It’s easy to see why polar bears are recognized by humans all around the world. With their seemingly white fur, black snout and eyes, they have the most distinctive look of all the bear species. They are also the largest species of bear and the biggest land carnivore on earth. Polar bears are classifies as aquatic mammals with many names. Indigenous people all around the arctic circle have different names for this revered species. The scientific given name is Ursus Maritimus, which translates to “sea bear”. Later, they acquired the name “polar bear” from explorers and scientists alike, being found only in regions of the North pole.
It is believed that the species diverted from brown bears nearly half a million years ago, when they started traveling north searching for larger hunting grounds.
Seals keep their breathing holes open all winter long, even in ice up to 2 m (6 ft) thick. They surface about every 5 to 15 minutes at one of the holes or use air pockets trapped under the ice when available.
Polar bears catch seals waiting for them to breathe at the ice openings. They must be patient and smart as the wait can be long before a seal actually reaches these holes. The polar bears’ favorite prey are the ringed and the bearded seals and they will wait by the holes and pounce on the animal before it can escape.
Polar bears thrive in one of the coldest places on earth, due to a thick layer of insulated fur, over a warming layer of fat, which can measure up to 4.5inches thick. They are highly adapted to the extreme cold, even their paws are covered in fur, and can survive on land or in the ocean, while hunting seals, in the coldest places on earth.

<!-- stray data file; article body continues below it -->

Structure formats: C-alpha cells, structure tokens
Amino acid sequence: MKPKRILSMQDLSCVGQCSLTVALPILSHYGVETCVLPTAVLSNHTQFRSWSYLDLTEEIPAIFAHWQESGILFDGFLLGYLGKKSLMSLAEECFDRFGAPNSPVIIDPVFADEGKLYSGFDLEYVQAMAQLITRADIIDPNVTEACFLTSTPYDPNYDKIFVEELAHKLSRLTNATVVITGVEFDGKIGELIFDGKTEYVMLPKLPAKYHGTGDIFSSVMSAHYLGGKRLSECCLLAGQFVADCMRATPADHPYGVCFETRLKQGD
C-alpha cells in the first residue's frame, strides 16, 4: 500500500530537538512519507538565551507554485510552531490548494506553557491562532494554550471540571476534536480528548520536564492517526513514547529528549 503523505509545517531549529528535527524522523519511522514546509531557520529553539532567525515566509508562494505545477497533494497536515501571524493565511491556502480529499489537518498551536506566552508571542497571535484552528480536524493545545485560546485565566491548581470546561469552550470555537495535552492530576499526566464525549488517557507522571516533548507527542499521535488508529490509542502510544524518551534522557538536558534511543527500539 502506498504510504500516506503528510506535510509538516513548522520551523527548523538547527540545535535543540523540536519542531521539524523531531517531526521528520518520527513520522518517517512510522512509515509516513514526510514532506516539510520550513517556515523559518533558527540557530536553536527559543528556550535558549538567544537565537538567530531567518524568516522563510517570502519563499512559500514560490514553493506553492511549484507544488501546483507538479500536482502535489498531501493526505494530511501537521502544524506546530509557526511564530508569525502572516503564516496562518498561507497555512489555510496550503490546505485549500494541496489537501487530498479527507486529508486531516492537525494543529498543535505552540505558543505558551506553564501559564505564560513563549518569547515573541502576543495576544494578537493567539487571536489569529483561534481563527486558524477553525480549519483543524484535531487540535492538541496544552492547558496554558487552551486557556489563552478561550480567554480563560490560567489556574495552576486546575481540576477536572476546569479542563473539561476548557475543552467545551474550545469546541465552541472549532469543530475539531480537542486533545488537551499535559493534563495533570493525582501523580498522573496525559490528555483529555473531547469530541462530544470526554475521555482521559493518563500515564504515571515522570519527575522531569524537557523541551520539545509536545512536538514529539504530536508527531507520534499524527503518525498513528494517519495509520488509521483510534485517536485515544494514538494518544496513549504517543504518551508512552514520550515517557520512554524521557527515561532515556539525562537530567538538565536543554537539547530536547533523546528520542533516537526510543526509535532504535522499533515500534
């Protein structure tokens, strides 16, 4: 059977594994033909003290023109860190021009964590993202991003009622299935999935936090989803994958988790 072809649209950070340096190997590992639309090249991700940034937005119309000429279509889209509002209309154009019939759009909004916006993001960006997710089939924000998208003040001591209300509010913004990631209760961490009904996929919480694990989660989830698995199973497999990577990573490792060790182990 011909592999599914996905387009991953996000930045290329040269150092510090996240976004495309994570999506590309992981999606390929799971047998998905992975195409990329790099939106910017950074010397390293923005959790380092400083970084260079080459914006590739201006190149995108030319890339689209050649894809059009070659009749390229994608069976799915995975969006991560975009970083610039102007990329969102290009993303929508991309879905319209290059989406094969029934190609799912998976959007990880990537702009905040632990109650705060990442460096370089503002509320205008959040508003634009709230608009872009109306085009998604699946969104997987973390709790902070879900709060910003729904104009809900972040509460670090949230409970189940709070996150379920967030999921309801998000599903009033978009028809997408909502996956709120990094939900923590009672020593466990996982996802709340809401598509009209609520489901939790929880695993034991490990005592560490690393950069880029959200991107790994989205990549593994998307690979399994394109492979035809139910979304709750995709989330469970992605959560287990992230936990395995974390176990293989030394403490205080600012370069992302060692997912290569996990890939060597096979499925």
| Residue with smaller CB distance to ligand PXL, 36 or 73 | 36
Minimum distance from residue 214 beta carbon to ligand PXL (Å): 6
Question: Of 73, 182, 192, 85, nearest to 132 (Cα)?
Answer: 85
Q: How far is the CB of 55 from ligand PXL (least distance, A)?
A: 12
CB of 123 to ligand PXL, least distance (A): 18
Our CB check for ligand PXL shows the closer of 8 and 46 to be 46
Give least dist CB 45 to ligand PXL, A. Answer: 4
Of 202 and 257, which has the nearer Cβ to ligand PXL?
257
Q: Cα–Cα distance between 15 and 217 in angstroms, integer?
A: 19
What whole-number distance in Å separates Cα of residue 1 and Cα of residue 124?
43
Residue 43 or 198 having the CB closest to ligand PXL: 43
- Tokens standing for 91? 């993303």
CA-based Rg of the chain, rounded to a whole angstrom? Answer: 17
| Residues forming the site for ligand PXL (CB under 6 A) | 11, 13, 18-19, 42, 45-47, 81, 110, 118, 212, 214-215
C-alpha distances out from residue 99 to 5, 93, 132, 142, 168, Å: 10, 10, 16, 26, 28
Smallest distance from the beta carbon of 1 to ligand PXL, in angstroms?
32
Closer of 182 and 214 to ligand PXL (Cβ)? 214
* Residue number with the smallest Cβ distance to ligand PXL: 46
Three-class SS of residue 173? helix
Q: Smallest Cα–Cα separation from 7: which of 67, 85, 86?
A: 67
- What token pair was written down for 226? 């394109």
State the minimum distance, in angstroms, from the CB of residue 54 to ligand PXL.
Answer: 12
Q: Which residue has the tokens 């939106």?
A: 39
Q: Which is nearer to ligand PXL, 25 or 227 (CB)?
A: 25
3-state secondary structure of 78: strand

Polar bears have 2 layers of fur that prevent almost all heat loss. Polar bears can actually overheat if chasing a prey for too long.
The biggest misconception about polar bears is that people think their fur is white, However, that’s just not true. Each hair shaft is pigment free and transparent which allows light to reflect off each hair, making it appear white.
In the water.
Their fat layers allow them to stay warm in the water, even when they swim for hours on end. However, this is not true for the cubs, as they have not yet built up enough fat on their bodies so polar bear moms try to keep them out of the water as much as possible in their first year. By year 2, they are stronger and can follow their mom for longer period in the water.
Polar bears hunt, mate and rest on the sea ice, which makes them highly vulnerable to a warming planet. The Arctic is most affected by global warming and it is not expected to slow down, even with the latest commitments made from the world’s largest emitter countries. These include China, the USA, Russia, India and Brazil.
If more is not done soon, some scientist have concluded that the Arctic could be ice free in summers by 2050, which will impact the species’ chances of survival for the future.